This just in: There's not a lot of good news for "Anchorman 2: The Legend Continues."
Like the proverbial pony supposedly buried under a mountain of manure, there are some funny comedy moments to this sequel that was almost a decade in the making. The only problem is getting through all of that stinky material to find the gems.
Will Ferrell reprises his role as the socially inept, emotionally awkward, journalistically impaired news anchor Ron Burgundy. Through a series of relatively bland events, Burgundy finds himself working at the first 24-hour news channel. The idea sounds absurd to him but the money and fame are too much to turn down.
He reassembles his news team, which includes the ever forgettable Paul Rudd as investigative journalist Brian Fantana, the hit-and-miss Steve Carell as weatherman Brick Tamland and the always annoying David Koechner as sports anchor Champ Kind.
The script by Ferrell and director Adam McKay offers some funny ideas about the state of television news. Burgundy and his team find success by deviating from the norm of real journalism to focus on the trite, sensational, absurd and cute. There might be some heated political battles going on in Washington, D.C., but it can all be cured by video of a puppy running through a field of American flags.
Even the introduction of the airing of an endless car chase is a commentary about how far a 24-hour news channel will go to fill the hours. And, the movie ends with a star-studded battle that points a very serious finger at the proliferation of news outlets on television. This international anchors tussle is almost enough to save the movie. Almost.
But for every clever joke, like Fantana wanting to go back to Los Angeles to hang with the group of buddies who call themselves "Ladykillers" (O.J. Simpson, Phil Spector and Robert Blake), there's a moment where Ferrell seems to believe all he has to do is mug to the camera in a pale rip-off of his own impersonation of Robert Goulet from his "Saturday Night Live" days.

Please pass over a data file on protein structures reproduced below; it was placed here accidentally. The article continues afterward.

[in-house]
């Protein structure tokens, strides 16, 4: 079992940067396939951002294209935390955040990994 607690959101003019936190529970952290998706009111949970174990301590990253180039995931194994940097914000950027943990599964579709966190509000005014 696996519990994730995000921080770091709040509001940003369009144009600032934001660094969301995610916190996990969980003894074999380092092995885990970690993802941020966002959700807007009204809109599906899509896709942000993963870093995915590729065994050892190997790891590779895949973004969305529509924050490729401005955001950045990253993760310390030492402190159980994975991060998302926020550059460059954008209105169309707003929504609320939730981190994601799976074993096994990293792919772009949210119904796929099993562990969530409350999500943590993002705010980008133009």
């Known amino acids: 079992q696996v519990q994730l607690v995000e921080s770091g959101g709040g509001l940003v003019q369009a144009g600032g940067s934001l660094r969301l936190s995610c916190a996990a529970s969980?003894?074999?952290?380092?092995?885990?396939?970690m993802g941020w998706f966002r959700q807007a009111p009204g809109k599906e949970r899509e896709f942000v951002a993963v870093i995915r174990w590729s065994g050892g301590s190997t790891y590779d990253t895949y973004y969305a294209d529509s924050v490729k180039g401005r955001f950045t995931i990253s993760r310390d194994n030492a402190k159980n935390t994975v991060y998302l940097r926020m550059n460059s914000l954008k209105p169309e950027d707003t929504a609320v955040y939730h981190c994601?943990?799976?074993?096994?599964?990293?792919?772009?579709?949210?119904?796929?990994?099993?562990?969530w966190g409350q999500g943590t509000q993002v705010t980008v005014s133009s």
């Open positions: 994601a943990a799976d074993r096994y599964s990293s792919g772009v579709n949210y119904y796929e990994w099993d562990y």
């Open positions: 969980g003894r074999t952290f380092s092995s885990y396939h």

What rips the film apart is the comic execution — or lack of it. Ferrell and his mirthless band of comics have all bought into the idea that shouting a joke makes it better. They must think there's some magical element in the cranked up volume that makes a person say, "Why that racist material isn't as offensive as we thought because Burgundy said it loudly."
Shout this: Louder isn't funnier.
Carell's an equal audio offender. His character is supposed to be a few millibars short of a warm front but the continued dependence on Brick lapsing into unexplainable babble and bouts of tears becomes painful to watch. Add in an equally uninspired performance by Kristen Wigg as Brick's new love interest and whatever humor that lies below the surface of this dung heap of comedy gets buried even deeper.
Early in the movie, when Burgundy has been reduced to being a Sea World host, a young girl shouts "Children and animals hate you Ron Burgundy." That's wrong little girl. It's children, animals and at least one film critic when it comes to this overdone sequel.
"Anchorman 2: The Legend Continues," rated PG-13 for language, adult situations. Stars Will Ferrell, Christina Applegate, Paul Rudd, Steve Carell, David Koechner. Directed by Adam McKay. Running time: 1 hour, 59 minutes. Grade: D
TV and movie critic Rick Bentley can be reached at (559) 441-6355, firstname.lastname@example.org or @RickBentley1 on Twitter. Read his blog at fresnobeehive.com.